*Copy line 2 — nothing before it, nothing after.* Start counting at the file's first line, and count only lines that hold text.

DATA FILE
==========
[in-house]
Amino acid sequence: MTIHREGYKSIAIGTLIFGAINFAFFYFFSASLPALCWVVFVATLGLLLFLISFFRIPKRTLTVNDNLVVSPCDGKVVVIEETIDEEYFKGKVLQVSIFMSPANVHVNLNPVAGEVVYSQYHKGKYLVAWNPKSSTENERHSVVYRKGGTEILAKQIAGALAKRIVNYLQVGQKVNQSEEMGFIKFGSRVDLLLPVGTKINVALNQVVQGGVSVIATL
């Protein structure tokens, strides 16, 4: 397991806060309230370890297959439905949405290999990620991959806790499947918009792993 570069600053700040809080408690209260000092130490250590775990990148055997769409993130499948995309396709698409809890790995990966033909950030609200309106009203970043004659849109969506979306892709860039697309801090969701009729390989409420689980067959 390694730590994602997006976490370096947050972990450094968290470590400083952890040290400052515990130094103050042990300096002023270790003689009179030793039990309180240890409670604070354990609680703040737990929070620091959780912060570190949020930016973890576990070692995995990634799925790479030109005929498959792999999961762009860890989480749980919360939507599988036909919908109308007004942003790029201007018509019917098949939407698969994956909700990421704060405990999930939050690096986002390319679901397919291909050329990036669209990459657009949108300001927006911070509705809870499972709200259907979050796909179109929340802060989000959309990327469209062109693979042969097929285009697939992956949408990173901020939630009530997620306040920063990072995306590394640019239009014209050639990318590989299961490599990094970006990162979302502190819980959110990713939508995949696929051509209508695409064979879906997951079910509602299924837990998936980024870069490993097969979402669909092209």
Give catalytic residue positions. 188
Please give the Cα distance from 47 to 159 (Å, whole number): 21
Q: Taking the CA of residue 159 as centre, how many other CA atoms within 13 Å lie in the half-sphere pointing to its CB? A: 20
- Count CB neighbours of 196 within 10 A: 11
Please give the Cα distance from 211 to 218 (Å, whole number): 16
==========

Amino acid sequence: MTIHREGYKSIAIGTLIFGAINFAFFYFFSASLPALCWVVFVATLGLLLFLISFFRIPKRTLTVNDNLVVSPCDGKVVVIEETIDEEYFKGKVLQVSIFMSPANVHVNLNPVAGEVVYSQYHKGKYLVAWNPKSSTENERHSVVYRKGGTEILAKQIAGALAKRIVNYLQVGQKVNQSEEMGFIKFGSRVDLLLPVGTKINVALNQVVQGGVSVIATL